I cant tell you how many times I've left a meeting thinking one thing only to have it become obvious that the other party didnt take away the same thing. Issues of scheduling, urgency, critical information, and intent are often lost on people who aren't necessarily trying to screw you, so when they are trying, hell, its hard to keep up, much less come out on top.

My life revolves around keeping track of such things, and Ron is right - the solution is merely one of technique. Document everything, get everything in writing, and keep everything organized. My father lost several businesses trying to believe in people's inherent goodness while never keeping enough records and information to cover his ass. Ultimately, its easy to feel like a martyr, but it does nothing to change the fact that being screwed is usually a senseless and avoidable tragedy. I think its possible to have your cake and eat it too - by taking the extra steps to hold everyone else accountable, you get to both take the moral high ground and simultaneously avoid the vast majority of screw-jobs heading your way.

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Old October 31st, 2007, 04:36 PM
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Quote:
Originally Posted by JimC
I can put one of these on it if makes you feel better =>
...
I cant tell you how many times I've left a meeting thinking one thing only to have it become obvious that the other party didnt take away the same thing. Issues of scheduling, urgency, critical information, and intent are often lost on people who aren't necessarily trying to screw you, so when they are trying, hell, its hard to keep up, much less come out on top....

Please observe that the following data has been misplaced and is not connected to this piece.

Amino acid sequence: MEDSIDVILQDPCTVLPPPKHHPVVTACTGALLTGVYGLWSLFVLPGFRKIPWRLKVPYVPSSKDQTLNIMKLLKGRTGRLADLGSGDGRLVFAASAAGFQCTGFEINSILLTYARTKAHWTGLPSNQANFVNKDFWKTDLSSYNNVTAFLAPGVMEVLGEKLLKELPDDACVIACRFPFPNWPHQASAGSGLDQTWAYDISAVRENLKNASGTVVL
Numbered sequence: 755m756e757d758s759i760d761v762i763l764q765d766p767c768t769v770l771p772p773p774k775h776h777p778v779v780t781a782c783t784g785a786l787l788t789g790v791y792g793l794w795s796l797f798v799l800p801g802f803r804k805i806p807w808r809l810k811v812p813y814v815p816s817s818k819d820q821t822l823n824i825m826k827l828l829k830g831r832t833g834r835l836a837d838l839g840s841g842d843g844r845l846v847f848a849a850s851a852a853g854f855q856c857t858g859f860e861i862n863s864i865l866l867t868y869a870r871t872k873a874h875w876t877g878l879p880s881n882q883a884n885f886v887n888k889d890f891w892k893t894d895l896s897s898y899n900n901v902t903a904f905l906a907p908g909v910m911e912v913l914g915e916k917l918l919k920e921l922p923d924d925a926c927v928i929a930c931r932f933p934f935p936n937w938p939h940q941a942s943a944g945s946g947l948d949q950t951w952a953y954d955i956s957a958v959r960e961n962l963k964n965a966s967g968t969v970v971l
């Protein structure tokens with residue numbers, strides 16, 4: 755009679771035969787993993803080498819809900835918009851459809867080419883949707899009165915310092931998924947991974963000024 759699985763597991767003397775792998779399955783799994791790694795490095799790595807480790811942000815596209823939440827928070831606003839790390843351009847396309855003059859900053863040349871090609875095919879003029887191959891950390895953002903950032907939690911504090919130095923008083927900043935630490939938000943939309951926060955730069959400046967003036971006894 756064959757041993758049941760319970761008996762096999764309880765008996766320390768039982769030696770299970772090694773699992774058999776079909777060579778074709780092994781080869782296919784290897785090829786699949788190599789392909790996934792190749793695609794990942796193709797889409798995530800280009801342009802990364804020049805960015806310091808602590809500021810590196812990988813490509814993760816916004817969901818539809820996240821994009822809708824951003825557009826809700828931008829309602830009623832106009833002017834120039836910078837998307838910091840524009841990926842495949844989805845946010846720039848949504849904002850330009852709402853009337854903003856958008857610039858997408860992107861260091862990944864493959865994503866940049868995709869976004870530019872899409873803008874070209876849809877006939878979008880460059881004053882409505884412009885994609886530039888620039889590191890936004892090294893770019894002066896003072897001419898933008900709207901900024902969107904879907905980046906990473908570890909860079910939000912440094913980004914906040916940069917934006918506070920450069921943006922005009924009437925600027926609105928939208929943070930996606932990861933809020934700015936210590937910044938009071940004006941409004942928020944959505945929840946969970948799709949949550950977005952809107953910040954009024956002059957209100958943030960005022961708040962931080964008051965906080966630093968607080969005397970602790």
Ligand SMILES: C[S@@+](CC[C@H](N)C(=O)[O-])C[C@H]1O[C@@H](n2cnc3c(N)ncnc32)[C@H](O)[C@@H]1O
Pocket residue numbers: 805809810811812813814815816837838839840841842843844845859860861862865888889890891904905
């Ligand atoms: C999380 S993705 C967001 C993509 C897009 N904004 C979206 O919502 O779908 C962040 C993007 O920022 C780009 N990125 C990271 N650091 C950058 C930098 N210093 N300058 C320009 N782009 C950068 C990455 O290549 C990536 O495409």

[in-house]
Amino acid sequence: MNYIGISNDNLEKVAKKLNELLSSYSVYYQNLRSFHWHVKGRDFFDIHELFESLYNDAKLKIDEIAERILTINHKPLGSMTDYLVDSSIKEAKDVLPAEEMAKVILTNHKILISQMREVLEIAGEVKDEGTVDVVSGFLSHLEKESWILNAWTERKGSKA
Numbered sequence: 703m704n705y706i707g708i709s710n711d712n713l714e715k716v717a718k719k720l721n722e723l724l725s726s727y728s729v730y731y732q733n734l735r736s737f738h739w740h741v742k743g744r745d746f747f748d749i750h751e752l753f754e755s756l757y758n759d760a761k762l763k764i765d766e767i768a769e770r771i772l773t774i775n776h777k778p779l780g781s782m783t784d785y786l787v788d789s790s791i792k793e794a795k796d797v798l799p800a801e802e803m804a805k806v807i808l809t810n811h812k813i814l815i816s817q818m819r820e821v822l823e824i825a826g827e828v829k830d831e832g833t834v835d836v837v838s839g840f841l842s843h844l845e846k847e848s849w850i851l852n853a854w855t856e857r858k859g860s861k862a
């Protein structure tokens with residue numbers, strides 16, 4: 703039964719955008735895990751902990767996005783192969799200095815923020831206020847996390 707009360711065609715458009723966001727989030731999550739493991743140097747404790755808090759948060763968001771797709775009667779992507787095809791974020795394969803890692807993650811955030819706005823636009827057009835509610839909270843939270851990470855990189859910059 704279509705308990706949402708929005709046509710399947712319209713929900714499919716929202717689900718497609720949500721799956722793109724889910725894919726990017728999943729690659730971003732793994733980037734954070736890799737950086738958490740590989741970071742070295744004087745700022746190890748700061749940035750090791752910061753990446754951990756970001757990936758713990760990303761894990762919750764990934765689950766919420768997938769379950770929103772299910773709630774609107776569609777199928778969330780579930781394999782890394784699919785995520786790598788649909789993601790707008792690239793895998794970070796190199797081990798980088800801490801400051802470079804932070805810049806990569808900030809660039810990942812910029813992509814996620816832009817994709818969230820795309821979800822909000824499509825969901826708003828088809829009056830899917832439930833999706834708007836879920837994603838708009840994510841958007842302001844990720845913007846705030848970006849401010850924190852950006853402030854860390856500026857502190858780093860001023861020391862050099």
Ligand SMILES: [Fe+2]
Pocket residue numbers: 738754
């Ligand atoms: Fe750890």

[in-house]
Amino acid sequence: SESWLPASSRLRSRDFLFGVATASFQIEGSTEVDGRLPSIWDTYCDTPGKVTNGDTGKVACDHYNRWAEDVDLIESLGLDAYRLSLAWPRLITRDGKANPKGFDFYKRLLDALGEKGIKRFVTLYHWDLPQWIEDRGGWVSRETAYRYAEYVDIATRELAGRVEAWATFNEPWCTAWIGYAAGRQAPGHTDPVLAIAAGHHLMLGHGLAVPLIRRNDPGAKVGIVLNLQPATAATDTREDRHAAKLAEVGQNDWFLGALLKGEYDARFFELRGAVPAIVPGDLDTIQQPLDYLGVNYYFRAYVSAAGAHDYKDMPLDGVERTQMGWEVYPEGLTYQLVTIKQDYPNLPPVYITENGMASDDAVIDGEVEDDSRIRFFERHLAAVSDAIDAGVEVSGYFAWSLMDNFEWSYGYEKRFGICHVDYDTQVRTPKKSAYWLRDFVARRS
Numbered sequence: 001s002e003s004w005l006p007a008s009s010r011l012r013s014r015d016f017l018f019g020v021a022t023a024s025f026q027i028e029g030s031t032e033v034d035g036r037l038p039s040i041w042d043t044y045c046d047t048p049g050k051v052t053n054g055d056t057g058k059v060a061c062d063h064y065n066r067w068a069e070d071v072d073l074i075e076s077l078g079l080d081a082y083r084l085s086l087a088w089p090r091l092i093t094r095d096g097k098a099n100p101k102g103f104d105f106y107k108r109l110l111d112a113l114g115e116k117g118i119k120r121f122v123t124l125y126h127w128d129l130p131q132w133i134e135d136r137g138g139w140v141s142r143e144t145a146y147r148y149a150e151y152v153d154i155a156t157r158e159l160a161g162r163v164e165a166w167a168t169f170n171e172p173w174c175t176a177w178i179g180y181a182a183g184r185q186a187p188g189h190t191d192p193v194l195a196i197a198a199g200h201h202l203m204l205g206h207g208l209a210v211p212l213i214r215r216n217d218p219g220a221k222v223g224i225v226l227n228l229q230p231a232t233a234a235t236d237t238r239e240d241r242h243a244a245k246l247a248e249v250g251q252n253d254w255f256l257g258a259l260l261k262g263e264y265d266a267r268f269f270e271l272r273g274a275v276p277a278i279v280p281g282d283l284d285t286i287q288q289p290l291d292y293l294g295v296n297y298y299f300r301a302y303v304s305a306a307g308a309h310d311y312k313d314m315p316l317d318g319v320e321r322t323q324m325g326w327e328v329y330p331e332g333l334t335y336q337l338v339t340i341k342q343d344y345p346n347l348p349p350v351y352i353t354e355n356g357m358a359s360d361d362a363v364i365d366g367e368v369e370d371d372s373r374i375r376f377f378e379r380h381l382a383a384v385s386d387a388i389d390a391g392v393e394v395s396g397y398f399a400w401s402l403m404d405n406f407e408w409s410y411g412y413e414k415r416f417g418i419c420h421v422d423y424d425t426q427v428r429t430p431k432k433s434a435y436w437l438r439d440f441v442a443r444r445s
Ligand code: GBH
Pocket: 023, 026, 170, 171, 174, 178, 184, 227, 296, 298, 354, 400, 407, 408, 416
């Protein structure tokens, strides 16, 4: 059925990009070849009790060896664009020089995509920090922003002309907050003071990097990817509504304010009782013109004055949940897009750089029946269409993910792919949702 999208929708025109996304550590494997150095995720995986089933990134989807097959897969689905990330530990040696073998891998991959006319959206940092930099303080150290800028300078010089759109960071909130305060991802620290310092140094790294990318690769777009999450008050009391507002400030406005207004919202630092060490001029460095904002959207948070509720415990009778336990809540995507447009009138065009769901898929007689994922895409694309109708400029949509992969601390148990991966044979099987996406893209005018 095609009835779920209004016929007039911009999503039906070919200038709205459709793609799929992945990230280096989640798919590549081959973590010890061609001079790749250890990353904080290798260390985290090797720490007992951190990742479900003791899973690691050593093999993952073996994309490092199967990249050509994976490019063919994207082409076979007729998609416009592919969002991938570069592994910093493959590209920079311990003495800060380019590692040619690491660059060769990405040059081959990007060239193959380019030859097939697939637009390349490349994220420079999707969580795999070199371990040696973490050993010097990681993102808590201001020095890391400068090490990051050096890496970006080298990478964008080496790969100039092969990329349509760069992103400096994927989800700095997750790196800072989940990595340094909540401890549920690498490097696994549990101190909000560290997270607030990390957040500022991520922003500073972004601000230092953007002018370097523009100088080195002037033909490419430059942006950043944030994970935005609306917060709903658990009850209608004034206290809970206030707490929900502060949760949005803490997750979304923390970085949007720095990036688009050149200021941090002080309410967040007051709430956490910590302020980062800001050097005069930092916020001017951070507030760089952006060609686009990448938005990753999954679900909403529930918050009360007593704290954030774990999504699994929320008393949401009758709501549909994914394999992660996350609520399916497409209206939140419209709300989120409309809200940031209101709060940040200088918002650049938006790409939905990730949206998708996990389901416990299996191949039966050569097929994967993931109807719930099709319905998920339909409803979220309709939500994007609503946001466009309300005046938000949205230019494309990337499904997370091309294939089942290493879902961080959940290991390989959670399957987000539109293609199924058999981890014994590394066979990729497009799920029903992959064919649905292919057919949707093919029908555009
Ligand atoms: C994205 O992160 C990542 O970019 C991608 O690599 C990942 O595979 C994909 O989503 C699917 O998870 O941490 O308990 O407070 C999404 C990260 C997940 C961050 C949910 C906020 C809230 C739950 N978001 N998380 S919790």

I wish it were miscommunication. They represented familiarity with the jurisdiction, and the above long list of things as being fact. Even in the initial meetings and design concepts I argued constantly with them to bring things up on level. I kept hearing "we don't have to landscape it, so we don't want to. Client's not going to accept that, remove it." Then "let's just submit it and let them tell us no, then it's their fault." I kept telling them they're supposed to be professionals now - it's not their job to suck ass and beg for a thank you: it's their job, now, as newly licensed bastards, to tell the client the truth, and what they can and can't do. There was no miscommunication, where i accepted their insistance that things were of no importance, or already approved as they wanted, I got hosed.